M&A Considerations and Implications
Considering the factors and complications of mergers
Considering the factors and complications of mergers
In M&A transactions there are several important factors that executives, investment bankers, and other stakeholders have to consider, including:
In order for a company to consider a merger or acquisition, there are a few things that need to be reviewed.
The first item that needs to be considered is how sellers get paid and the buyers pay. There are many ways that a business seller can be compensated in regards to a merger or acquisition. These compensation methods can be extensive and complex.
The payment normally includes cash, company stock, a payable note, or a combination of all three. The buyer normally sources the cash via debt or equity.
Whether a buyer uses company stock, cash, or a note can depend on a number of factors.
The next item is the impact that the purchase will have on the acquirer after the transaction as opposed to before. The financial profile of the two combined companies will need to be analyzed via a merger model.
The primary goal of this analysis is to figure out whether the buyer’s earnings per share (EPS) will increase or decrease as a result of the merger. An increase in EPS is called Accretion and a decrease is called Dilution.
This analysis will consider whether the merger or acquisition will be financially beneficial to the new owner’s bottom line.
Another item to consider when thinking about how the buyer will purchase the company at hand is what effect their payment method could have on the company or owner’s credit. Just with any large purchase, if using a note or even cash that was taken from a loan, a credit report will be pulled and the business will acquire debt. This will, in turn, decrease the credit rating.
Mergers and acquisition require many financial and tax reports.
Acquisition accounting includes a purchase price allocation (PPA) which is pretty much just what it says – an allocation of the purchase price paid to the assets and liabilities that are included in the transaction. It is importnat becuase it is how Goodwill is determined in M&A transaction (i.e. Purchase Price less Net Identifiable Assets = Goodwill).
The application of allocation happens when one company (the acquirer) purchases the second company and allocates the purchase price into the assets and liabilities. These are used for both financial and tax purposes.
Tying directly into the purchase price allocation of the acquired net assets, the write-up values of the tangible and intangible assets that are collected must be depreciated and amortized over time and reported on the income statement as such.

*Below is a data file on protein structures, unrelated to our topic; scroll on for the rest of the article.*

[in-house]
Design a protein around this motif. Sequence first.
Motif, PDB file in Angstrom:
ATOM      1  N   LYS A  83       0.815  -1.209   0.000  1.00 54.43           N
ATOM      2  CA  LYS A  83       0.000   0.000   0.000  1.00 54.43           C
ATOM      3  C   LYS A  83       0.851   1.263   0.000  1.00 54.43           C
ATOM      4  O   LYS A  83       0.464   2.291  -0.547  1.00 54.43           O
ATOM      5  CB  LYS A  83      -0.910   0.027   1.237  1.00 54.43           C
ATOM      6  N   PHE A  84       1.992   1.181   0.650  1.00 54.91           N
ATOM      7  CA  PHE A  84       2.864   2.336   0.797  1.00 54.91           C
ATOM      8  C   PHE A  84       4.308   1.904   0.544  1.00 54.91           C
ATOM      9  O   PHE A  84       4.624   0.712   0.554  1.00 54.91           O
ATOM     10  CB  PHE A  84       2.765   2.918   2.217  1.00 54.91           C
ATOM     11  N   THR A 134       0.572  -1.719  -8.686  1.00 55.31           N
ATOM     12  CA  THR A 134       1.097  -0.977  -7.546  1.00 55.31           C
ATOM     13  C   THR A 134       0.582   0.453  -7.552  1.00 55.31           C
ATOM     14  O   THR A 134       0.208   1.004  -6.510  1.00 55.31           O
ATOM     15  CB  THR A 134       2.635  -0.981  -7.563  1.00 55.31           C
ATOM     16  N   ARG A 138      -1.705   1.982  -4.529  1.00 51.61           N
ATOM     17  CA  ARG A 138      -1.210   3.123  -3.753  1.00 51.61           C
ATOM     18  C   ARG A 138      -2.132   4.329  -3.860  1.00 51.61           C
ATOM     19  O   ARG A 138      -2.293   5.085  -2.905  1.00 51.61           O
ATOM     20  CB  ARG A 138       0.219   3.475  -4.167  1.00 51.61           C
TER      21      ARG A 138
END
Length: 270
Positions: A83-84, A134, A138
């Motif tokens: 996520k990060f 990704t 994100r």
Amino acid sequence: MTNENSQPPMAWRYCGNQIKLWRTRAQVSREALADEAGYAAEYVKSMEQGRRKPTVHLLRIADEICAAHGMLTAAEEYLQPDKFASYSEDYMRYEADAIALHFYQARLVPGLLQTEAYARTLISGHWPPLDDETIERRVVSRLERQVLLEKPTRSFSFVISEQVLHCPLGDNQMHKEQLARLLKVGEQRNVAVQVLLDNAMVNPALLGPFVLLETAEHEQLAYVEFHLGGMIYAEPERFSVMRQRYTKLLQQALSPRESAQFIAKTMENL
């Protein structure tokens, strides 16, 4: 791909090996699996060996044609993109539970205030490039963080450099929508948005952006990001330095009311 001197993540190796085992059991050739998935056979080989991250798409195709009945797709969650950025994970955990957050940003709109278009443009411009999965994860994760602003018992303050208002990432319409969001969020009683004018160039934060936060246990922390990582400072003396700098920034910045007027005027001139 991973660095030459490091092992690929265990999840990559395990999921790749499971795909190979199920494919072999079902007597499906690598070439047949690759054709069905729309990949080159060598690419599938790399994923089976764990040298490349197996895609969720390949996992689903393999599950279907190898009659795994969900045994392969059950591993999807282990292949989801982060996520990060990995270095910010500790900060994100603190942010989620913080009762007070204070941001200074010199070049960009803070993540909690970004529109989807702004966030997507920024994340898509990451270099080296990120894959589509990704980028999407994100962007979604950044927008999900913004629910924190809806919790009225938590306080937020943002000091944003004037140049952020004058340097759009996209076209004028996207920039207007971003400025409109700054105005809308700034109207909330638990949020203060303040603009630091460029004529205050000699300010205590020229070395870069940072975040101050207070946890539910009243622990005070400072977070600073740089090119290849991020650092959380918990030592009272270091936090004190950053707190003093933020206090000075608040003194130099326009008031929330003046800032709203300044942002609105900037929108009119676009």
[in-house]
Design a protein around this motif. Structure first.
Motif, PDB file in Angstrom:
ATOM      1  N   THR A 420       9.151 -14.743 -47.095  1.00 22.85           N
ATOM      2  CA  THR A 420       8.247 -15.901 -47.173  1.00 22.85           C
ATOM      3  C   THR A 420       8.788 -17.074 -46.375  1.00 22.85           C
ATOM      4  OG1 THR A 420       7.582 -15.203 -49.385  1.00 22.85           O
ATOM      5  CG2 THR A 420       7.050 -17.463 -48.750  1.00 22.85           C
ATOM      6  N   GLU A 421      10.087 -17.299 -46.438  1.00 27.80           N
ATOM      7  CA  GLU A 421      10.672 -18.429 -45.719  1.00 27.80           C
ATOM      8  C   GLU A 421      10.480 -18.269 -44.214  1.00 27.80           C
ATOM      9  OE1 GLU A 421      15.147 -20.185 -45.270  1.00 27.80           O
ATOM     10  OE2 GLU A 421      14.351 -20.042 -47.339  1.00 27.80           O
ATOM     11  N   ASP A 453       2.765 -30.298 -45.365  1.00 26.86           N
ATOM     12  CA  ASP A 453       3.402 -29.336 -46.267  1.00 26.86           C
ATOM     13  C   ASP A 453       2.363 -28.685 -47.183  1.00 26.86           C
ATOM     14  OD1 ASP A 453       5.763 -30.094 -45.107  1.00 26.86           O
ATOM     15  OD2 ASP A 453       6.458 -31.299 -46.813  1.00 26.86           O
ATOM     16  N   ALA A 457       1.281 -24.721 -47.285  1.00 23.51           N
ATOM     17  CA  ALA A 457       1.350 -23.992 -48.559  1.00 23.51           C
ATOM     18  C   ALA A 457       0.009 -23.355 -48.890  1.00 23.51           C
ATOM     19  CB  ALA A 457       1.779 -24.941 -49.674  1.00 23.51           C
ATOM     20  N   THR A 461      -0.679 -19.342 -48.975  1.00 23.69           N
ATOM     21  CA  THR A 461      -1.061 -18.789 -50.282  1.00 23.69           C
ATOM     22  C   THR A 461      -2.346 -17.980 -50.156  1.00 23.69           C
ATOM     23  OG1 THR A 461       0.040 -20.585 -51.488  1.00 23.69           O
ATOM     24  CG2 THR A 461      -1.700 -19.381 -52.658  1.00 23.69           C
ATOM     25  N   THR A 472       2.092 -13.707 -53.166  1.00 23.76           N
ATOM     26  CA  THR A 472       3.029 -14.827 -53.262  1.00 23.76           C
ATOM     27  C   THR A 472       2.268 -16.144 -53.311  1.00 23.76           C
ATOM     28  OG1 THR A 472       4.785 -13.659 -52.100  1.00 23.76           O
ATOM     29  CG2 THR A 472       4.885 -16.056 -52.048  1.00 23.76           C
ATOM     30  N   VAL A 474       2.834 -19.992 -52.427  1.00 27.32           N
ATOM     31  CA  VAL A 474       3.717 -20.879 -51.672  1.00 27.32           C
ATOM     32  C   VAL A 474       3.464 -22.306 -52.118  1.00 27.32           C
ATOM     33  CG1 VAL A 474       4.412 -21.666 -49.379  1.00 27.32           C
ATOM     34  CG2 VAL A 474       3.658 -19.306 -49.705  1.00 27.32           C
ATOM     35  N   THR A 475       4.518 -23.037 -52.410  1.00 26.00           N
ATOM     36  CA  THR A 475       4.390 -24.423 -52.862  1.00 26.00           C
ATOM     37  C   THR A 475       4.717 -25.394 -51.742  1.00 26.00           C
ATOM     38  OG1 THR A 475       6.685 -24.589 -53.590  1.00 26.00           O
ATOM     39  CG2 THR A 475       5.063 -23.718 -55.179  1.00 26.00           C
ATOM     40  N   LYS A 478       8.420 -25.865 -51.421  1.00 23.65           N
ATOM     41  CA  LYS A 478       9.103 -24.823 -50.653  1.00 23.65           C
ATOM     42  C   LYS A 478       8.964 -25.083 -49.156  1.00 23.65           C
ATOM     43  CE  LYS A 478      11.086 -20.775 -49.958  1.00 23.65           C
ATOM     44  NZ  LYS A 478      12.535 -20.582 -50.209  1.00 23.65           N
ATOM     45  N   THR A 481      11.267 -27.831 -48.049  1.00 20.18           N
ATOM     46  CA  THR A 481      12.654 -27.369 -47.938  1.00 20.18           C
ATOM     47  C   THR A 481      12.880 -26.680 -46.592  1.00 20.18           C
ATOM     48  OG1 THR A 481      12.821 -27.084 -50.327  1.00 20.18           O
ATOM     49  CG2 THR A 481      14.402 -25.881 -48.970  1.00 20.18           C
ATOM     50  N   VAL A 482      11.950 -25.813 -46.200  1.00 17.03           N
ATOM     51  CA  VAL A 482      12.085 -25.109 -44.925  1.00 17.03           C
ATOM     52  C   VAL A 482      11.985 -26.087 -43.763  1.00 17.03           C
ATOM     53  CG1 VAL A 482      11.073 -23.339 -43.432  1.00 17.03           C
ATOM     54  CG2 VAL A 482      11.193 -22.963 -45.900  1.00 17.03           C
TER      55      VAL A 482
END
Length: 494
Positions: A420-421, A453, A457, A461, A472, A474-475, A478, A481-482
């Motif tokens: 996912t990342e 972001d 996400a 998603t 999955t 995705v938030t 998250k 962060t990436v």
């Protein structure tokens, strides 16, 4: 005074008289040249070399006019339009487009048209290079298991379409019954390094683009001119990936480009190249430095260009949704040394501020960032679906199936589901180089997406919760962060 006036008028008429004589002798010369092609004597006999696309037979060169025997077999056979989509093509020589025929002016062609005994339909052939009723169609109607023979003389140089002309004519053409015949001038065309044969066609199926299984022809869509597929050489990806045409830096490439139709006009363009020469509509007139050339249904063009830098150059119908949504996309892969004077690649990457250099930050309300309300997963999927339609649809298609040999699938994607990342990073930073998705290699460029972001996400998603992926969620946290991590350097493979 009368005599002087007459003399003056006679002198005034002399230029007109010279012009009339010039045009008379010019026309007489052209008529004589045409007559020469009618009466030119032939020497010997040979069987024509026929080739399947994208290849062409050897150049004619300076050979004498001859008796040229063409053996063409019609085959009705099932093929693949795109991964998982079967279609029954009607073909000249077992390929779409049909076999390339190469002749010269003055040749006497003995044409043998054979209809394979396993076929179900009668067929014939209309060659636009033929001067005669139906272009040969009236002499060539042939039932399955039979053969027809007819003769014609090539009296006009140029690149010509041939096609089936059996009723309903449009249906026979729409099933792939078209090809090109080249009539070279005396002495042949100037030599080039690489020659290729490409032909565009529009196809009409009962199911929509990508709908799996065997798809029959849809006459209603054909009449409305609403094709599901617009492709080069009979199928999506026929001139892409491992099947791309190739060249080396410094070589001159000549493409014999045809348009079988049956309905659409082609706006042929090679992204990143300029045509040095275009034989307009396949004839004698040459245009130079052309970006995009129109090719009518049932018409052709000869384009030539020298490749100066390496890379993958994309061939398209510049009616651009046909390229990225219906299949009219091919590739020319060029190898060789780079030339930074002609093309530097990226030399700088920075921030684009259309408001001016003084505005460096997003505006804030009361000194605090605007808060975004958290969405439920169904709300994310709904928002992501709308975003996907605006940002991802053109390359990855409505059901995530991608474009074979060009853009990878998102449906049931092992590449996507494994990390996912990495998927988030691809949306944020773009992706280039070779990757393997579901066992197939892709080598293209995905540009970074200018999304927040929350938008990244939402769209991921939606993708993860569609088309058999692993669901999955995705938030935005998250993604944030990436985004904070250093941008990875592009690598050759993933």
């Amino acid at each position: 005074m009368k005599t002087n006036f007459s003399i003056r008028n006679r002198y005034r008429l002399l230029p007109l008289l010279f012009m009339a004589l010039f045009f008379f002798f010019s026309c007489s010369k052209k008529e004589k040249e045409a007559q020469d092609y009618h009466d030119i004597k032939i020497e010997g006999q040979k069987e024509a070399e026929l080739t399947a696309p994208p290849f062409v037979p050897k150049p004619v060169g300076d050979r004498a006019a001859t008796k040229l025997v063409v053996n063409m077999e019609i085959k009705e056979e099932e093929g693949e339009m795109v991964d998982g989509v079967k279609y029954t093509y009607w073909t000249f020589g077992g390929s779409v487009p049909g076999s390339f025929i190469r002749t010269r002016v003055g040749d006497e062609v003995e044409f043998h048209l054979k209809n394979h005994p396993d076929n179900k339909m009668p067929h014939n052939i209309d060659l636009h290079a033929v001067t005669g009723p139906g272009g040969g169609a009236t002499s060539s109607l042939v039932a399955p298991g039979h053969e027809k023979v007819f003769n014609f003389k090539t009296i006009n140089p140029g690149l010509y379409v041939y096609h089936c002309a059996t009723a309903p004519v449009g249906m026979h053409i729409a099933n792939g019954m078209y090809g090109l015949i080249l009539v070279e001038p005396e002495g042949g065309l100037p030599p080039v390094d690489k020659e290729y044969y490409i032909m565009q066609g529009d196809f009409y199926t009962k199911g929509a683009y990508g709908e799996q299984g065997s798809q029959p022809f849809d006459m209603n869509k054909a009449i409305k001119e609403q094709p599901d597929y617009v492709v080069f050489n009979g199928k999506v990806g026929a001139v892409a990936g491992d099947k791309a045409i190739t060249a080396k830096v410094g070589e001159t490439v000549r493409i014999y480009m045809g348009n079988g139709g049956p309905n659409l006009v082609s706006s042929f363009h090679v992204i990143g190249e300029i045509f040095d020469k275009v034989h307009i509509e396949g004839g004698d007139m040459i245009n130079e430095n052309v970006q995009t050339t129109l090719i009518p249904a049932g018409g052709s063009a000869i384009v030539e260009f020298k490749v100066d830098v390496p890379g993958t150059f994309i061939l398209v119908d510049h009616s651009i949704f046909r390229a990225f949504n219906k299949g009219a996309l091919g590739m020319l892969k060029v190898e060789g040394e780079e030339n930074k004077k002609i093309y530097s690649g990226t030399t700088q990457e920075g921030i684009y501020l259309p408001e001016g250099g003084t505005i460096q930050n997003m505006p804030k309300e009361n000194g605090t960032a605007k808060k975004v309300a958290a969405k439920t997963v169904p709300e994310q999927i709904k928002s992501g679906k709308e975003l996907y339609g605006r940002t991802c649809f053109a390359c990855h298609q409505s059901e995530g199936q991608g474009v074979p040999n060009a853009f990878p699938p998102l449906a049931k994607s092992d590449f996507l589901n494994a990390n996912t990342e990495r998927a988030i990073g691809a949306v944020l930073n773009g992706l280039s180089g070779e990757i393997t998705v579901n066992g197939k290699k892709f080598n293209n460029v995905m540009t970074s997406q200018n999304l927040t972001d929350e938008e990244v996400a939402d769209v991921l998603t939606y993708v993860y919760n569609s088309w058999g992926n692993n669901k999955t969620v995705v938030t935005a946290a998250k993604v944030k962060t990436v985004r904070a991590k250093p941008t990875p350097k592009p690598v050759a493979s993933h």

Goodwill, from an accounting perspective, is an intangible asset that comes from a business buying another firm. The money paid to buy the business divided by the business’s assets and liabilities is the goodwill.
Goodwill is not subject to periodic amortization and includes things like the value of the business’s brand name in the marketplace, patents, and technology owned by the company. It also includes customer relations, the customer base and a stable workplace.
Goodwill cannot be seen or touched which is why it is considered an intangible asset. This is incredibly important when merging or acquiring another company as the goodwill will also be transferred and could change the worth of the company based on its positive or negative branding.
The formula for goodwill in an M&A transaction is:
Asset sales are pretty straightforward when it comes to taxes. Asset sales are favorable to buyers when it comes to taxes as the assets will get the benefit of depreciation deductions, in turn reducing the buyer’s taxes going forward.
Tax will almost always be minimized if the transaction is treated as a stock sale rather than an asset sale. The reason being is because the seller pays immediate tax on its gain when the sale involves assets; therefore, this is not the favorited option by the seller. The individual assets retain their character, bases, and holding periods with stock sales.
In this case, the tax consequences of an asset sale is achieved in the form of a stock transfer transaction. This is ideal if it is preferred to do a stock sale for commercial purposes because it avoids the need to transfer the ownership of all individual assets.
Synergy itself is the added value generated by combining two companies – creating opportunities that would not have otherwise been available to these firms operating individually. Synergies are ways to increase profit and earnings per share through either an acquisition or a merger (aka why companies merge in the first place).
Estimating and valuing synergies in mergers and acquisitions are based on measuring the value of benefits that various synergies will bring (aka it is the value enhancement of the buyer). For example, an operating synergy may not have a monetary value; but could reduce the costs of sales and increase profit margin or future growth.
In order for a synergy to have an effect on value, it must influence one of the following:
Adding value to a company through combining it with another will create synergies that make sense.
Intangibles are assets that are not physical in nature. In this case, some M&A transaction intangibles may include the following: